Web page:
PEG Compounds – When you see “PEG-100” or other “PEG” compounds on the label, these can be contaminated with Ethylene Oxide and 1,4 Dioxane, which are both linked to cancer. You’ll find this in some: Shampoos, Shampoo Bars, Bath Bombs, Bath Oils, Solid Conditioners, Hair Dressings, Facial Scrub, and Beard and Facial Wash.
Fragrance – It sounds so innocuous, but it’s not. Just like “natural flavors” in our food, cosmetic companies don’t tell you everything that is in these fragrances and they can include highly toxic ingredients, hormone disruptors, and carcinogens. My team contacted Lush and they said when you see “fragrance” listed as an ingredient on their website in black this means it contains some synthetic ingredients – but they could not disclose what they were. You’ll find this in some: Bath Bombs, Soaps, Shampoos, Conditioners, Shampoo Bars, Fun, Bubble Bars, Lotions, Masks, Cleansers, Shower Gels, Hair Treatments, Shaving Creams, Bath Oils, Scrubs, Deodorant, and Dusting Powder.
“The fragrances we use in our products are our very own unique creations, so for that reason we don’t provide an ingredient list for them on our website. They’re never petroleum or alcohol-based and we blend each fragrance by hand, using the highest-quality and most ethically-sourced essential oils and synthetic fragrance components (such as Synthetic Musk) to achieve our products’ unique personalities. Anytime you see the word “fragrance” printed in black that indicates that some part of it has a synthetic component. If it is a blend of purely natural or organic oils, it would be written in green.” ~ Email from Lush Customer Care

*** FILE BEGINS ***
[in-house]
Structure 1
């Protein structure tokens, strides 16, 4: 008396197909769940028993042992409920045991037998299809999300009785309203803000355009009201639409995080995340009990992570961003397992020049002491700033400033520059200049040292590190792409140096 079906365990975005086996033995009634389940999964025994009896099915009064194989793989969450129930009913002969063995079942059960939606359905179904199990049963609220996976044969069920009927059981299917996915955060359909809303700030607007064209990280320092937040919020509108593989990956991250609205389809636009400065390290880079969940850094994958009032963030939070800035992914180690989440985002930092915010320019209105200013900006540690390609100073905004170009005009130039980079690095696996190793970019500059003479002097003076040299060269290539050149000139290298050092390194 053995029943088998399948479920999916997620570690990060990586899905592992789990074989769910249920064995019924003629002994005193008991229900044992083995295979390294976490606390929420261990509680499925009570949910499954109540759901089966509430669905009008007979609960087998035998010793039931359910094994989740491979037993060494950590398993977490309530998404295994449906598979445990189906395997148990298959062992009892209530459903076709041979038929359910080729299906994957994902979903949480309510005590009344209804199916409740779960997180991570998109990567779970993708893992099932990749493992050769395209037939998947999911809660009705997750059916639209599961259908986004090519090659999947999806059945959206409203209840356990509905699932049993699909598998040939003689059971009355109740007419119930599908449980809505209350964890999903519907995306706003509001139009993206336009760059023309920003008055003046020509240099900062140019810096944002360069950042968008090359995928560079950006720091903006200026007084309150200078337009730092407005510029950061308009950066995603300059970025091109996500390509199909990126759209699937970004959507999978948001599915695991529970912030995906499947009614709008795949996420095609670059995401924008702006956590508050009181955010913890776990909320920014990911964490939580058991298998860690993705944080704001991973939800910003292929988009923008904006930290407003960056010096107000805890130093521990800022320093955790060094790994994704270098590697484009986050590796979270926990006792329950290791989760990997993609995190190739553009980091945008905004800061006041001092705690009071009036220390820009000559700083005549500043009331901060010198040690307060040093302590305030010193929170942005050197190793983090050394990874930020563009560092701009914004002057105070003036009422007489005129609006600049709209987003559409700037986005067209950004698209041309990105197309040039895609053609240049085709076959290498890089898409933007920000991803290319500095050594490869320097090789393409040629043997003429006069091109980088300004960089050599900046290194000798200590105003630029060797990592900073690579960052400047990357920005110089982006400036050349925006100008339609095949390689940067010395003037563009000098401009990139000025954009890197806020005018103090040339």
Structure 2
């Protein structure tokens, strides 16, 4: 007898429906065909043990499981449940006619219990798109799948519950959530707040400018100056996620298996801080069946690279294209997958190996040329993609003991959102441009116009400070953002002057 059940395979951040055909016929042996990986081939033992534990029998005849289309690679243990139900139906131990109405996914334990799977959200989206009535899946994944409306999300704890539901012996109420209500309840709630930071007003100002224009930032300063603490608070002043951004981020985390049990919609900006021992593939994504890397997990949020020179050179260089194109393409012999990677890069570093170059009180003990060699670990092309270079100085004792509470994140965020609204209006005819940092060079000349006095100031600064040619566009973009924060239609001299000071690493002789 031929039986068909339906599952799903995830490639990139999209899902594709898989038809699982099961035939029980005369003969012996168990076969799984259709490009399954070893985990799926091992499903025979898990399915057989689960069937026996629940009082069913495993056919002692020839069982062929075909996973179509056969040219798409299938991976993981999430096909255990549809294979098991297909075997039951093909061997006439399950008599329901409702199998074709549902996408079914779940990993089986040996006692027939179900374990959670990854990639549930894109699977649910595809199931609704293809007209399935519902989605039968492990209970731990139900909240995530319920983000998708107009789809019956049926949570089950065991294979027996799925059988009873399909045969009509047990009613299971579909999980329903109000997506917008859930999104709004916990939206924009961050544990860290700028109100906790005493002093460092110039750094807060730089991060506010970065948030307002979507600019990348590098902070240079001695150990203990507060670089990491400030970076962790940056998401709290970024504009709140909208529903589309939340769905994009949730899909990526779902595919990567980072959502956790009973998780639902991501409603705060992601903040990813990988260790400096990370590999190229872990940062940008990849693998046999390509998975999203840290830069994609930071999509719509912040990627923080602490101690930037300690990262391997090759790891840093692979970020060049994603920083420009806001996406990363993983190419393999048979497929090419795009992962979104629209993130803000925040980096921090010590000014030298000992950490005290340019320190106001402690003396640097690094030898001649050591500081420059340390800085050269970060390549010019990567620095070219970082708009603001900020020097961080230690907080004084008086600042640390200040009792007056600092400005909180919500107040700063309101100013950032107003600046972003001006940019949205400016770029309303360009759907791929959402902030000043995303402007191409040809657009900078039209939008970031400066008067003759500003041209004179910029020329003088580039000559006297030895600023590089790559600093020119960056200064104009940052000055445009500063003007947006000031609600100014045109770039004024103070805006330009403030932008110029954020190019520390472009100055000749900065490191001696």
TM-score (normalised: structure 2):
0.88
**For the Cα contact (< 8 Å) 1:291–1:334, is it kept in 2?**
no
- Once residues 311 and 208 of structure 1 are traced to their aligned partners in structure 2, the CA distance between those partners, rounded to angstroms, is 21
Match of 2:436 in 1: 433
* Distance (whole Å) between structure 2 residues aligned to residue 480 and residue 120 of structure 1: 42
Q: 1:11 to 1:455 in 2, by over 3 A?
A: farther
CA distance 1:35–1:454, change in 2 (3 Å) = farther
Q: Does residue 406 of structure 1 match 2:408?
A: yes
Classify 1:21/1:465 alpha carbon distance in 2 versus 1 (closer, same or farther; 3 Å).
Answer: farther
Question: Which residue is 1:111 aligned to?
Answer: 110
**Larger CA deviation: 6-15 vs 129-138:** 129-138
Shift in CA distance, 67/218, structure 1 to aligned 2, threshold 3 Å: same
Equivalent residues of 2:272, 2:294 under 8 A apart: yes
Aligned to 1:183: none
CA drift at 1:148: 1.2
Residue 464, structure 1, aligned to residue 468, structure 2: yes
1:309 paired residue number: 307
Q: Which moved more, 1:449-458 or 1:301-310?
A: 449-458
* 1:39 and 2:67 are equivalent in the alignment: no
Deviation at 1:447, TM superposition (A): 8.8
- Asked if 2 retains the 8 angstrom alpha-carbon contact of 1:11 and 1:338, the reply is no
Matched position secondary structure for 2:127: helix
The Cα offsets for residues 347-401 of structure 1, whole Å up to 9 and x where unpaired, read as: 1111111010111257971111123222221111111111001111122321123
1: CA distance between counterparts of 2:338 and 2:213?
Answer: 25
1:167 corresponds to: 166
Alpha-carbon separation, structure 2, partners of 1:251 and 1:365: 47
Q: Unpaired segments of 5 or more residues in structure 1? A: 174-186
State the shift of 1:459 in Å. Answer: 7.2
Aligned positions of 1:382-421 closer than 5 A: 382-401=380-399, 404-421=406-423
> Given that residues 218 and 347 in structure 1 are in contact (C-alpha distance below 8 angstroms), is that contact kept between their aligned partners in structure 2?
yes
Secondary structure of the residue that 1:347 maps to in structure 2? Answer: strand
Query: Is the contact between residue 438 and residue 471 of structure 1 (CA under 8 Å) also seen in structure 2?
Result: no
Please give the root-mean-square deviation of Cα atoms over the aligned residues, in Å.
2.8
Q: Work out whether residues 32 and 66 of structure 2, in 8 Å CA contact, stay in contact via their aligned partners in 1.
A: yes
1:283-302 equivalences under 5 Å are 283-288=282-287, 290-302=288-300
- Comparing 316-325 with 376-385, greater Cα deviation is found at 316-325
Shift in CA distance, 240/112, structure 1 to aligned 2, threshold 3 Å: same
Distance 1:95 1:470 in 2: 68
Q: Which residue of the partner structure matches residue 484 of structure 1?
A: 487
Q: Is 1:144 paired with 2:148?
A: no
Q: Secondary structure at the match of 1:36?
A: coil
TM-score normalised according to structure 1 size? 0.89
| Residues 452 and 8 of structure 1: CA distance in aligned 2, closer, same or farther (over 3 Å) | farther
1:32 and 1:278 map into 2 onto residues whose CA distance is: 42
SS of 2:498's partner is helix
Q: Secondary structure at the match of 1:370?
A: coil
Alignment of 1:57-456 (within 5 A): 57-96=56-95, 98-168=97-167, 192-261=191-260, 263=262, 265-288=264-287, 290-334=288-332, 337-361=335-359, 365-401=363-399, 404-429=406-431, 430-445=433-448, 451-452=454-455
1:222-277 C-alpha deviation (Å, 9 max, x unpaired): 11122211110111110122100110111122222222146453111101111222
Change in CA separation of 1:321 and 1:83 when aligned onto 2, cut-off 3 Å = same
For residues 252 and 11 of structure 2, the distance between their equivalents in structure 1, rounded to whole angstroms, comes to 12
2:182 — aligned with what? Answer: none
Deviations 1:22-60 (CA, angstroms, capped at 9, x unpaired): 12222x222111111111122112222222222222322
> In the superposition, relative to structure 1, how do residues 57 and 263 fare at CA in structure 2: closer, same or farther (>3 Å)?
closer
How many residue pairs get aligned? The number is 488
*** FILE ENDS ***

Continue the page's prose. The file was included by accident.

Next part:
If you’re worried about the chemicals in your food, the skincare and cosmetics industry is even worse.
You’ve got to be your own advocate when it comes to what you slather on your skin. The FDA doesn’t regulate cosmetics as rigorously as pharmaceuticals or food – allowing companies to get away with using potentially harmful ingredients that are banned or not used in other countries.
- contain toxic petrochemicals made from oil, known carcinogens, reproductive toxins, and neurotoxins.
- have no laws banning their use, so companies keep using them.
- pollute our bodies with chemicals that can stick around for years.
- can create even more dangerous toxins when combined.
- are labeled “Natural” or “Herbal” and this doesn’t mean anything because there is no legal definition of these terms.
(Source: The Story of Cosmetics)
Some of my favorite hair and beauty products are by the brand 100% Pure.
The other day I was posting some pictures from a Truvani video shoot and a few of you were asking about the lipstick I’m wearing…